Shows & Panels
- Accelerate and Streamline for Better Customer Service
- Ask the CIO
- The Big Data Dilemma
- Carrying On with Continuity of Operations
- Client Virtualization Solutions
- Data Protection in a Virtual World
- Expert Voices
- Federal Executive Forum
- Federal IT Challenge
- Federal Tech Talk
- Feds in the Cloud
- Health IT: A Policy Change Agent
- Improving Healthcare Outcomes through IT Policy
- IT Innovation in the New Era of Government
- Making Dollars And Sense Out of Data Center Consolidation
- Navigating the Private Cloud
- One Step to the Cloud, Two Steps Toward Innovation
- Path to FDCCI Compliance
- Take Command of Your Mobility Initiative
Shows & Panels
The CIO Council will add 25 more examples of IT project management excellence to its best practice database. DHS CIO Richard Spires said at the Excellence.gov awards Tuesday the goal of all of these success stories is to share what worked and leave a broader legacy across all of Federal IT.
Bob Osborn, the National Nuclear Security Administration's chief information officer, is leaving the government after more than 36 years of service.
Witold Skwierczynski of the AFGE National Council of Social Security Administration Field Operations Locals talks about today's SSA demonstration. Travis Howerton discusses the National Nuclear Security Administration's plans to launch its own social network. Jeremy Herb of The Hill details the Defense Bill just passed by the Senate.
On this week's Capital Impact show, energy analysts Rob Barnett and Richard Heidorn discuss the future of nuclear power. Plus, the latest on the congressional energy debate with Loren Duggan and Derek Wallbank.
Officials at the National Nuclear Security Administration say America's nuclear weapons arsenal is "under constant attack."
Agency CIO Robert Osborn is improving the network and cybersecurity. He said the cloud of clouds approach gives the National Nuclear Security Administration the security and flexibility they need to meet their mission.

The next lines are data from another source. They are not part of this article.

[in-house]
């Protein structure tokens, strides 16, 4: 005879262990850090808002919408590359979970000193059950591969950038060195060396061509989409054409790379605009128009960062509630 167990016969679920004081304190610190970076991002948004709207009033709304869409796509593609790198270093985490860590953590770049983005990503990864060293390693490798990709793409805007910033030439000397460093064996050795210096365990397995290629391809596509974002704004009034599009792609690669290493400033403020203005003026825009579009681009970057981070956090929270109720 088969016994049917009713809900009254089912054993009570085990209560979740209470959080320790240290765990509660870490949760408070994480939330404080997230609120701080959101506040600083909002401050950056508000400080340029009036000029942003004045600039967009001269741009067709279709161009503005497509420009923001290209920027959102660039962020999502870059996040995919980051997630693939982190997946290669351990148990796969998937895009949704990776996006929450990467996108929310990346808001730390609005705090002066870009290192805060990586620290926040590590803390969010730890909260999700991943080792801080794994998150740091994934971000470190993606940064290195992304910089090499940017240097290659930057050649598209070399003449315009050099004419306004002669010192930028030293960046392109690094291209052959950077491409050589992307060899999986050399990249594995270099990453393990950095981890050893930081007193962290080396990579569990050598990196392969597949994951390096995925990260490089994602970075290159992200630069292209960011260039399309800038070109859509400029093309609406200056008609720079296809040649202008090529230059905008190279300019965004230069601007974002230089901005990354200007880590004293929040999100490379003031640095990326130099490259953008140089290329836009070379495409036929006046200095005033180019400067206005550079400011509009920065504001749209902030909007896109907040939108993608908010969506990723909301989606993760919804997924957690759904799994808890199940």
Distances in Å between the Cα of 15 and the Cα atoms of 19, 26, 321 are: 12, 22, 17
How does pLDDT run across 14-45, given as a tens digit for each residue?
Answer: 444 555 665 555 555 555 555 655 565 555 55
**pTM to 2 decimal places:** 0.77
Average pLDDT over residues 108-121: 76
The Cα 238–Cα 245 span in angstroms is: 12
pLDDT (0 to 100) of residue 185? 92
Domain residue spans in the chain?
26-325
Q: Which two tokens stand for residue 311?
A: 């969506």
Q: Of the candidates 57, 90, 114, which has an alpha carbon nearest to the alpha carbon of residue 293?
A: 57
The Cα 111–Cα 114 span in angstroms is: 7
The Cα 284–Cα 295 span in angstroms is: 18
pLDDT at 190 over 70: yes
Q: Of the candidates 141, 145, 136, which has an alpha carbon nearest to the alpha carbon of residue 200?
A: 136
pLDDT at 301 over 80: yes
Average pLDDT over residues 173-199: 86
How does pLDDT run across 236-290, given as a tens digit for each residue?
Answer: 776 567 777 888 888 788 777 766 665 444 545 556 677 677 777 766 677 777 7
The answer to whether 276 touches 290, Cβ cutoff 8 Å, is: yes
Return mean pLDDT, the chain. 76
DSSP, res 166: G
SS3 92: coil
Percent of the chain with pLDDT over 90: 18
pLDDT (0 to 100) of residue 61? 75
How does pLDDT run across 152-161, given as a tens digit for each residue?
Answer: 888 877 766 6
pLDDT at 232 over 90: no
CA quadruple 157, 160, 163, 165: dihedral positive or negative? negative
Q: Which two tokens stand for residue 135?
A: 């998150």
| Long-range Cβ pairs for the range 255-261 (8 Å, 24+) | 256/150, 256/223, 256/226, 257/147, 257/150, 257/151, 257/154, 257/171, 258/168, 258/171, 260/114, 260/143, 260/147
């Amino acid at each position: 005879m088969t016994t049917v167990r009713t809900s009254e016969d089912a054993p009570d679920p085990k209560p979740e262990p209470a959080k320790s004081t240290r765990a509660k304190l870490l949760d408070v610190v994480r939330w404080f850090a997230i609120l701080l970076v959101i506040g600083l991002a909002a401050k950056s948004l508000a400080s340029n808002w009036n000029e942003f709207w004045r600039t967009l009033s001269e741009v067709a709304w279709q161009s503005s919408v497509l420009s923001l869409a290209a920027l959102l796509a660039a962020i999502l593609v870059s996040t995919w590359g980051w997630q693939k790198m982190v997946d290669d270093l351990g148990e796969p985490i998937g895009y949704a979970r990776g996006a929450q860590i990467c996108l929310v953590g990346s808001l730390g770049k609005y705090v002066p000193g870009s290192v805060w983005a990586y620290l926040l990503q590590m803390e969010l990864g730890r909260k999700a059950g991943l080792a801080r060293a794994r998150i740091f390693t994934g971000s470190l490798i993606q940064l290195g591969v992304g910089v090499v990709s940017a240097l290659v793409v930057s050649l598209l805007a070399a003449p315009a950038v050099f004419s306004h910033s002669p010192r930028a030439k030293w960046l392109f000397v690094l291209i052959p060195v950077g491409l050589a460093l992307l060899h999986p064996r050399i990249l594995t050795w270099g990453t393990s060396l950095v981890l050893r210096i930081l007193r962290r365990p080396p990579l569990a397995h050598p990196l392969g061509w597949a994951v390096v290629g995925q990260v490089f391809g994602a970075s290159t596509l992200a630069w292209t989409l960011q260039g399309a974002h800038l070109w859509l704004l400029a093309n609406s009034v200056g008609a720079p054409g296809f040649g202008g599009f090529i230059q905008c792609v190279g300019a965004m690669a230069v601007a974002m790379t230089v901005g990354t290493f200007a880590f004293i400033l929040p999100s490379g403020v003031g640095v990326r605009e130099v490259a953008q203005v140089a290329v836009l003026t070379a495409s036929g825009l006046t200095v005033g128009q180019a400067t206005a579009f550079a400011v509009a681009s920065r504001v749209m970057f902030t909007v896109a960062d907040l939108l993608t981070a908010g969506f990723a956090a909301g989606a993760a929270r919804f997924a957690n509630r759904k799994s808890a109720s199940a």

March 15, 2012
The lab has submitted a plan to the National Nuclear Security Administration and is waiting for approval to offer the buyouts.
Facing likely budget cuts, the Energy Department's inspector general, Gregory Friedman, has issued a slew of recommendations, including cutting redundant staff, appointing a BRAC-like commission to study the department's facilities and federalizing the contractors that secure those facilities.
As agencies continue to work toward being more 'open and transparent,' feds are always looking for better ways to communicate. We learn about a new option called SlideShare from the NNSA's Damien LaVera.
In honoring Pantex in the manufacturing category, the SBA recognized the site for its "hard work, innovative ideas and dedication" and for its achievements in the community. We learn more from Pantex's John Woolery.
A new technology from the NNSA has medical, industrial, scientific, environmental, and homeland security applications.
Imagine moving just eight miles and saving about $100 million per year. The NNSA's Mark Holecek has details on how his agency's doing it.
The MAC program, which began as a summer program this year, will place Military Academy cadets, midshipmen and officers in tours of duty within science, technology, engineering, national security and relevant fields at any of the NNSA sites. NNSA's Greg Simonson explains how it works.
What's white and green and efficient all over? DOE hopes it's your roof.
Energy announces plans to host officials from several federal agencies to raise awareness and donations for the July collection of the "Feds Feed Families" nationwide food drive.
OMB issues a fact sheet detailing successes across the government. Agencies are using fewer risky contracts and achieving more competition. One expert, however, wonders if the insourcing initiative is part of the reason for the changes.
NNSA's Second Line of Defense program, which works around the world to strengthen the capability of foreign governments to deter, detect, and interdict illicit trafficking in nuclear and other radioactive materials across international borders and through the global maritime shipping system. We get details from program director Tracy Mustin.
The National Nuclear Security Administration (NNSA) has announced the deployment of a satellite that heralds the beginning of a new era of space-based nuclear explosion monitoring. On May 27th, the U.S. Air Force successfully launched the first I-I-F series of satellites, carrying improved nuclear detonation detection instruments built by Sandia National Labs and Los Alamos National Laboratory for the N-N-S-A. Principal Assistant Deputy Administrator Ken Baker says the deployment of the new instruments will significantly improve the agency's ability to detect atmospheric, or space-based, nuclear explosions and verify compliance with nuclear test ban treaties. The sensors are being integrated on to Air Force GPS satellites, thus the entire planet is monitored continuously for tell-tale signs of treaty violation.